Croatian, US Officials Visit High-Speed Vessel Swift

first_imgBack to overview,Home naval-today Croatian, US Officials Visit High-Speed Vessel Swift View post tag: US View post tag: Visit View post tag: officials A senior Croatian defense official was joined by a U.S. congressional delegation for a visit to the high-speed vessel Swift (HSV 2) at Lora Naval Base in Split, Croatia, April 4.Dr. Dragan Lozancic, the assistant minister of defense for the republic of Croatia, toured Swift with U.S. Sen. Mark Begich, U.S. Ambassador to Croatia James Foley and the Croatian Chief of Naval Operations, Rear Adm. Ante Urlic.During remarks to the Croatian media, Foley stressed the importance of the American-Croatian partnership.“Croatia is about to join the European Union,” said Foley, “And while this will present new opportunities, it will also present new challenges of a security nature, and it’s through this partnership that we meet those challenges together.”Begich also spoke about the importance of partnership. “It was a great honor to visit the crew of the Swift and their Croatian partners today,” said Begich. “Both play a vital role in the important partnership shared by our nations. I’ll be reporting back to my fellow senators in Washington that our alliance with Croatia is paying dividends for both countries.”While on board the group met with the combined crew of Sailors and civilian mariners, and observed a non-lethal weapon demonstration by members of the U.S. Marine Corps Black Sea Rotational Force.The crew was proud to showcase their mission to the distinguished visitors.“The visit was an important part of our theater security cooperation mission, here in 6th Fleet,” said Lt. Cmdr. Charles Eaton, the officer-in-charge of HSV 2. “We are very proud to continue strengthening the important partnership between Croatia and the U.S. Navy.” Begich was in Croatia to attend an economic forum and conduct official discussions with key leaders regarding issues affecting bilateral and regional relationshipsSwift, homeported out of Norfolk, Va., is a U.S. Military Sealift Command-chartered high-speed vessel, and is currently deployed to the U.S. Navy’s 6th Fleet area of responsibility in support of theater security cooperation efforts.[mappress]Naval Today Staff , April 06, 2012; Image: navy View post tag: Croatian Croatian, US Officials Visit High-Speed Vessel Swift View post tag: Naval Share this article View post tag: News by topic View post tag: Swift View post tag: Navy View post tag: High View post tag: speed View post tag: vessel April 6, 2012 Training & Educationlast_img read more

Personal stories of transformation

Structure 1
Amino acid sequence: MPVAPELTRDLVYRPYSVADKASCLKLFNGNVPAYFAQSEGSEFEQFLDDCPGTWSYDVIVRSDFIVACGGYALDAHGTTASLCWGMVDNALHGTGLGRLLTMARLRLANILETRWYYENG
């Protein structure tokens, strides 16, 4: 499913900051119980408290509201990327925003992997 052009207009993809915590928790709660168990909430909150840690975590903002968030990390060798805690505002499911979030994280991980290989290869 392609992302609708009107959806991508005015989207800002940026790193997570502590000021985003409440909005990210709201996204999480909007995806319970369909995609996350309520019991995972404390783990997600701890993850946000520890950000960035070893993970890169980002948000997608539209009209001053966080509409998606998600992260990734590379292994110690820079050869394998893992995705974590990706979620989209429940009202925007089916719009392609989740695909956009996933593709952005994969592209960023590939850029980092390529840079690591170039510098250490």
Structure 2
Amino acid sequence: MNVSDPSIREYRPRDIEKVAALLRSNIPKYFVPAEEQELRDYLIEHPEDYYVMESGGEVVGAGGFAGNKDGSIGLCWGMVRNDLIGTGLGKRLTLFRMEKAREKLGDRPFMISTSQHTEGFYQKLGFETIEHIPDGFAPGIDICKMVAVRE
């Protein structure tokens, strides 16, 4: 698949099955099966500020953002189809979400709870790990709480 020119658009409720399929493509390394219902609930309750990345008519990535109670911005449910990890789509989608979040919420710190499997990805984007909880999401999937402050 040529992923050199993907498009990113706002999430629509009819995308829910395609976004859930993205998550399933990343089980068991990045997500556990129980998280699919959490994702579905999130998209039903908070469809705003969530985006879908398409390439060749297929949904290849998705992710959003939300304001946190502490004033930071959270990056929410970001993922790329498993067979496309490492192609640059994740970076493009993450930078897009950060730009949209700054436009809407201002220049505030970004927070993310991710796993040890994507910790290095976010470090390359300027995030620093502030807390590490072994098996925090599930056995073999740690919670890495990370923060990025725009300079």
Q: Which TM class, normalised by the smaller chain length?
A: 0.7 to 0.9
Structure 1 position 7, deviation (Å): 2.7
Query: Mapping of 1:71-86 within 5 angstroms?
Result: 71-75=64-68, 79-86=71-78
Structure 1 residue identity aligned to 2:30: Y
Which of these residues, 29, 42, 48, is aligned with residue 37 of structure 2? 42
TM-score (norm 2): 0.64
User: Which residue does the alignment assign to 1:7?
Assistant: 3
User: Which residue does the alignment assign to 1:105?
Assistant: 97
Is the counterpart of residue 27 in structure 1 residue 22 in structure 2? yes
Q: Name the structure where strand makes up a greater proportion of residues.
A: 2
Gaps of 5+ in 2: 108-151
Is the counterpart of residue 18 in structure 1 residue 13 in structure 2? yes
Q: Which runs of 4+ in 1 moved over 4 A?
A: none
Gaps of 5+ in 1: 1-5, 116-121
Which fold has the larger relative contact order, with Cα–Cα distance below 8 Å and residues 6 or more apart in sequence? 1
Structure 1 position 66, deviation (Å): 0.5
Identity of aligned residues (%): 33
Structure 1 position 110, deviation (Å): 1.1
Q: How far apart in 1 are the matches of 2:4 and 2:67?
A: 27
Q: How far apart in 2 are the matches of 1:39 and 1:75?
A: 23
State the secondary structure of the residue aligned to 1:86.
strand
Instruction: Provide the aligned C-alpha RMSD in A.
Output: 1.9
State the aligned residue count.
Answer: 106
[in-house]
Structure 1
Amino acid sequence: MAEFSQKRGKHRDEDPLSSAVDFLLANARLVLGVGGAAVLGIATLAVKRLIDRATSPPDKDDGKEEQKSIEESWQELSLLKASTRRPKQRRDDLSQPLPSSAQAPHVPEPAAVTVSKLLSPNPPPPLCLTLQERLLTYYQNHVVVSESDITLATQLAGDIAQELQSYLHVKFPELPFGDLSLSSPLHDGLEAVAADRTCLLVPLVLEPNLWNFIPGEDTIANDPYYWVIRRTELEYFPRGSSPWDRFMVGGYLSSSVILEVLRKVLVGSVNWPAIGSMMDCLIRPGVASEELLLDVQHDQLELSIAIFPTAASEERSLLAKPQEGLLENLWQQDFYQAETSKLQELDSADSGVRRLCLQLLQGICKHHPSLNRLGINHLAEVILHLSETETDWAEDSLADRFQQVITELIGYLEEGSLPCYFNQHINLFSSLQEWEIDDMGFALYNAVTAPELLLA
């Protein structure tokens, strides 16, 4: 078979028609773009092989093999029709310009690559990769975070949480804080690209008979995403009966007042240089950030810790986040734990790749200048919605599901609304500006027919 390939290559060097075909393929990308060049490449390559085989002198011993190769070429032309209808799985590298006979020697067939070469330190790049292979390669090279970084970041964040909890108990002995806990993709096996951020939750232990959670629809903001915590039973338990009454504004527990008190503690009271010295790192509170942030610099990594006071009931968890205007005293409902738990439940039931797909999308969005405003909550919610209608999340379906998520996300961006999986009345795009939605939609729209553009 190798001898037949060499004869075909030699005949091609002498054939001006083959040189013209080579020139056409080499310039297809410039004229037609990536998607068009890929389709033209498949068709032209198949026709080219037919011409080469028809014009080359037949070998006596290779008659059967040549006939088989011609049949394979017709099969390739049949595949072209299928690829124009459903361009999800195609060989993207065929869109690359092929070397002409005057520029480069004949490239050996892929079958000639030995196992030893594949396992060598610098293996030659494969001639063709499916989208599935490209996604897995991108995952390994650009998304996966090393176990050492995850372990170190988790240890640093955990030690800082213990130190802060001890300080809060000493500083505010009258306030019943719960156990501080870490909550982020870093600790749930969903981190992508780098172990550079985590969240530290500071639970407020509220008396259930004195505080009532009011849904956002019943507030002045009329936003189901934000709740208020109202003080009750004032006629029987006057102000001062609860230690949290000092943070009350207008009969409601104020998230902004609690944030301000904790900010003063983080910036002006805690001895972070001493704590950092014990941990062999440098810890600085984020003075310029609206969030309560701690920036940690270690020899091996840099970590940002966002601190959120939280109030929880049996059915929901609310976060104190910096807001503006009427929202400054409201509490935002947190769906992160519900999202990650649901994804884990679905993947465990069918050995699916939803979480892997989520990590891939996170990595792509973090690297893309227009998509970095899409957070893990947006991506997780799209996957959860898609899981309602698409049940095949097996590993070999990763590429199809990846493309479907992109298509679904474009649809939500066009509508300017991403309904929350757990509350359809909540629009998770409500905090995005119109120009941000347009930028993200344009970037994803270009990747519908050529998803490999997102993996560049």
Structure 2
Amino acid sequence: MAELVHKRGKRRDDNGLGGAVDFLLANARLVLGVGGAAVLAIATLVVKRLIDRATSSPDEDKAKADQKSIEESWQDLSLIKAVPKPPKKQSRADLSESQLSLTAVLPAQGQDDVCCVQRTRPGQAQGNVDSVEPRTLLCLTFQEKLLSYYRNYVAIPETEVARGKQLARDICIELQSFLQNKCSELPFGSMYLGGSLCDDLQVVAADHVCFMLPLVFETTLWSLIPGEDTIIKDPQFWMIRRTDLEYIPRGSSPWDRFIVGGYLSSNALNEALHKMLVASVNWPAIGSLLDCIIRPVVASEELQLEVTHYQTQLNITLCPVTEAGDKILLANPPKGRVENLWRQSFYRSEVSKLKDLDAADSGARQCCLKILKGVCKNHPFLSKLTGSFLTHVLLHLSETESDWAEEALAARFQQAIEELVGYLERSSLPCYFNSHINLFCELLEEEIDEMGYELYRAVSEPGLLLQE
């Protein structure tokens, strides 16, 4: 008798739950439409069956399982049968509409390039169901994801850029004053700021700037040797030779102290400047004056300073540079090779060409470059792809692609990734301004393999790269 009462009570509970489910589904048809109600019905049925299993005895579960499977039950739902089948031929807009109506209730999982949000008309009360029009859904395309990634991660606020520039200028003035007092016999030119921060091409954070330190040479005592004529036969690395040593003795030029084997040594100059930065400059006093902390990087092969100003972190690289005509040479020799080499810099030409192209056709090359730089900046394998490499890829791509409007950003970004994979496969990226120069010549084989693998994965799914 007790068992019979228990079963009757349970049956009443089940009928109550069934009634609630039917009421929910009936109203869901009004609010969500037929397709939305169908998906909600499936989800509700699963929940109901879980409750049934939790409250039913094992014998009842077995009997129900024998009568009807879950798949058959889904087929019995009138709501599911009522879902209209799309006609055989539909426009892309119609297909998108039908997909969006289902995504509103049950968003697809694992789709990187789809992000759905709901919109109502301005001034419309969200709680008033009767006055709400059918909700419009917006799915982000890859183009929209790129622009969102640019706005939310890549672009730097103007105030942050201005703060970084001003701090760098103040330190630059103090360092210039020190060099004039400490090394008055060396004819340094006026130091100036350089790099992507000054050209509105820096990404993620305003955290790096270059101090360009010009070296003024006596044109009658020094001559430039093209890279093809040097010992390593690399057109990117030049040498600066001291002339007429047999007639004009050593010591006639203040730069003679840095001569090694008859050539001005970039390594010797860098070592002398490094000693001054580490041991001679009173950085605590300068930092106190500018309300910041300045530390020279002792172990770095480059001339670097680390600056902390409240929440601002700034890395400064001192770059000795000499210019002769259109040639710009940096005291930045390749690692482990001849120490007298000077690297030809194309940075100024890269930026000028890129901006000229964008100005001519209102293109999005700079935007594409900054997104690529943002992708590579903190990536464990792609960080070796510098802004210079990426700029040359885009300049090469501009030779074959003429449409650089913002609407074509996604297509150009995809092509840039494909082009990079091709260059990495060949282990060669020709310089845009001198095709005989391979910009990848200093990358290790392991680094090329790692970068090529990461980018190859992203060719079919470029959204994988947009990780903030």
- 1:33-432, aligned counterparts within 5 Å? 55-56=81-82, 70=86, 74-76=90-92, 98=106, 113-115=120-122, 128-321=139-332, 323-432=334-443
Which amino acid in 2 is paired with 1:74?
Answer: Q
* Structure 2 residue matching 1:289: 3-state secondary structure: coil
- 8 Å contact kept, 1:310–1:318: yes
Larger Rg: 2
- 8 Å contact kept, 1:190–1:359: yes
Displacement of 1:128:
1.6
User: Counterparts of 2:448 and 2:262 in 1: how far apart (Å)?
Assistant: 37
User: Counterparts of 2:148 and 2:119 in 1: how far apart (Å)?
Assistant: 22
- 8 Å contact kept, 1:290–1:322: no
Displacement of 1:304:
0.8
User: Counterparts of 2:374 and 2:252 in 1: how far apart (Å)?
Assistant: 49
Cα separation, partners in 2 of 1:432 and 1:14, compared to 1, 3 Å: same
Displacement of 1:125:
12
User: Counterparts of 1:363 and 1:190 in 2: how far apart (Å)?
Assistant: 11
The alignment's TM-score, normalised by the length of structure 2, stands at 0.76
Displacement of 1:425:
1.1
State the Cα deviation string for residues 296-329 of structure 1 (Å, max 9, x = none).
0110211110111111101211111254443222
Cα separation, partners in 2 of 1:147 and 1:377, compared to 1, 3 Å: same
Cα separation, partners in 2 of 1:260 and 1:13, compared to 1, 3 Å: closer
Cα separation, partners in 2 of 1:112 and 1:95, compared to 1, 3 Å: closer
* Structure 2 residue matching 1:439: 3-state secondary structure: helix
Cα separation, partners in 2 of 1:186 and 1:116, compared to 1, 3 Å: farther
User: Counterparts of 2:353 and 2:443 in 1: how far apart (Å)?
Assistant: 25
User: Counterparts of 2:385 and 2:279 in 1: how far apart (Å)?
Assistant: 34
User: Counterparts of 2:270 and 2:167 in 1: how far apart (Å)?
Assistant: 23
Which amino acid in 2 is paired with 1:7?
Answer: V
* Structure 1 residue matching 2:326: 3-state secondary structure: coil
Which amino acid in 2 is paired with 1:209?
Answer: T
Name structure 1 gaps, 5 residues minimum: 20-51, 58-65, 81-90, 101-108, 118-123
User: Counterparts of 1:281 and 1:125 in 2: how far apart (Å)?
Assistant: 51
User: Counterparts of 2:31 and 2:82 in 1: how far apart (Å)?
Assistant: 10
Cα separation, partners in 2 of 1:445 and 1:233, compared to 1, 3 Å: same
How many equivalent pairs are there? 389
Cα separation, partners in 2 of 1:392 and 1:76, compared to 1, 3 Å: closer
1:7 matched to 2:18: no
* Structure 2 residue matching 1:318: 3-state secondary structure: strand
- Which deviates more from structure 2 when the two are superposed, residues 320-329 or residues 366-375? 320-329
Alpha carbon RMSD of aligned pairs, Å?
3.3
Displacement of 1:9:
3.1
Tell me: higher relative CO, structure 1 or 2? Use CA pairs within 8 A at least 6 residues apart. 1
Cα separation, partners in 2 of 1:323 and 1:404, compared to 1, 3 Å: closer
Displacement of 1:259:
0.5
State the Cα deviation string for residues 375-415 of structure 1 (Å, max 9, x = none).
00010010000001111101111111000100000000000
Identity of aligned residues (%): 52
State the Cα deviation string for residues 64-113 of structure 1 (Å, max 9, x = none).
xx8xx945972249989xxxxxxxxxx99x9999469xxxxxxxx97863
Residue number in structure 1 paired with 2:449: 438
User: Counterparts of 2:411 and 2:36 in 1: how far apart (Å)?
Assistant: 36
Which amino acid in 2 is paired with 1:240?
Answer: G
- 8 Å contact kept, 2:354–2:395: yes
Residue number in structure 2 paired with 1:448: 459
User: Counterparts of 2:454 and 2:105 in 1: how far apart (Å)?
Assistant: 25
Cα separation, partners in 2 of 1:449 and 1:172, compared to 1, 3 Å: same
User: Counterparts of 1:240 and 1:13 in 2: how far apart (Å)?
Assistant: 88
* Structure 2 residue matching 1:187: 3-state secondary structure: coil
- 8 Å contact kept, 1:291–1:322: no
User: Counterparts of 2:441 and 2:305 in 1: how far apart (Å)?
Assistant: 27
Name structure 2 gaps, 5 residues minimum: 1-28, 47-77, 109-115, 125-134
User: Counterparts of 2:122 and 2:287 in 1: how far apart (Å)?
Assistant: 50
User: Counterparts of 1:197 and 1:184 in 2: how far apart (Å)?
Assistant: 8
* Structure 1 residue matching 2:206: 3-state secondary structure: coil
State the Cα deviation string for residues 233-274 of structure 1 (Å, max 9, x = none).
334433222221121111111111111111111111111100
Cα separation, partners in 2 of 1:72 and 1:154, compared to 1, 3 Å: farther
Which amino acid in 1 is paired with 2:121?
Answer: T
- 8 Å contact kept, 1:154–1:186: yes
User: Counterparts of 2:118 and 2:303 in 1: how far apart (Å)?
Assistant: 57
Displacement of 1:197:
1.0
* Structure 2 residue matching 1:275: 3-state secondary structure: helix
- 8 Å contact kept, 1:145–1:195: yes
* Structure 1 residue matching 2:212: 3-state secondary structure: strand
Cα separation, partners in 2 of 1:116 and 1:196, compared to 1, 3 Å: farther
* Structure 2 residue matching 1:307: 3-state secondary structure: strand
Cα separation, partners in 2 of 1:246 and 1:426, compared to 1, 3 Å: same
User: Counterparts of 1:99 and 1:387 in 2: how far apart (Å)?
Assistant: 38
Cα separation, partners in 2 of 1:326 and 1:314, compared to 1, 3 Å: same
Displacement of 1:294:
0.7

first_imgJung Chang’s successful memoir “Wild Swans: Three Daughters of China” chronicles her family’s often heartbreaking journey through the cultural and political transformation that defined 20th-century China.The work, which has sold more than 13 million copies in 36 languages, recounts her grandmother’s plight as a concubine, her mother’s struggles as a prominent Communist Party member, and the author’s own experience as a member of the Red Guard and her eventual exile to the countryside during the upheaval of the Cultural Revolution.Now, “Wild Swans,” the world-premiere stage adaptation of the book, is on view at the American Repertory Theater (A.R.T.) through Sunday. But once the show is over, an innovative collaboration between the A.R.T. and the metaLAB (at) Harvard, inspired by the new play, will continue to engage audiences with stories related to the world’s most populous country through an interactive online memoir.Intrigued by the idea of melding the physical and the virtual realms, A.R.T. outreach and education associate Brendan Shea turned to metaLAB researcher Joana Pimenta and co-founder Jesse Shapins. Using Shapin’s software Zeega, an open-source Web platform designed to make collaborative multimedia documentaries and exhibitions, Shea and his A.R.T. colleagues helped to develop a mosaic of sound, images, video, and text inspired by the compelling source material for the new show.“The courage, the ability to share your story, and the personal details of your life for the purposes of making people aware of what you went through … definitely inspired us,” said Shea. “We asked ourselves, ‘What is the memoir of this community as it relates to China or Chinese history or Chinese culture?’ ”“I want to give to other kids what had been given to me. I want to go back and sort of pay it forward,” says Harvard freshman Tian Kisch in her online diary.To find his answer, he turned to people like Harvard freshman Tian Kisch, a member of Harvard China Care, a student-run organization at the College that supports abandoned, orphaned, and special-needs children in China.Born in Guangzhou, China, Kisch was adopted by an American family when she was 8 months old. In her online memoir, she discusses her life growing up in Seattle; her first trip to China at age 11 — where she met her foster mother, the woman who nursed her back to health after Kisch was abandoned as a newborn; and her own volunteer work with Chinese orphanages.“I want to give to other kids what had been given to me. I want to go back and sort of pay it forward,” Kisch says in her online diary.Being part of the collaborative project, she said, offered her an opportunity to highlight the breadth of the Chinese-American experience.“There are so many different backgrounds that we all have,” said Kisch. “I think that is a really important concept to grasp.”For the project, Shea and his team reached out to other Harvard organizations, including the Harvard Chinese Students and Scholars Association and Harvard Chinatown Citizenship, a naturalization assistance program for the Boston area that is part of the Phillips Brooks House Association. They also connected with several Boston communities that have ties to China.The work is an example of the A.R.T.’s ongoing efforts to expand the boundaries of theater, the operating ethos of artistic director Diane Paulus, who challenges the conventional notion of theatergoers as passive observers. Residencies, workshops, panel discussions, and community engagement programs — including a recent outreach effort that asked local high school students to create miniproductions based on the A.R.T.’s staging of  “The Gershwins’ Porgy and Bess” —  have all been part of recent programming.The new collaboration echoes a trend in other regional theaters around the country, said Shea, one geared toward engaging audiences by harnessing the power of the Internet and “the different social and technological aspects of the world around us.“What we are doing here at Harvard is at the vanguard of this sea change that is happening in theater.”Shapins called the project a “fantastic example” of how the arts at Harvard can operate as a catalyst for engaging the University with a broader community.Media and storytelling, said Shapins, “are one of the most powerful ways for those connections to be made.”last_img read more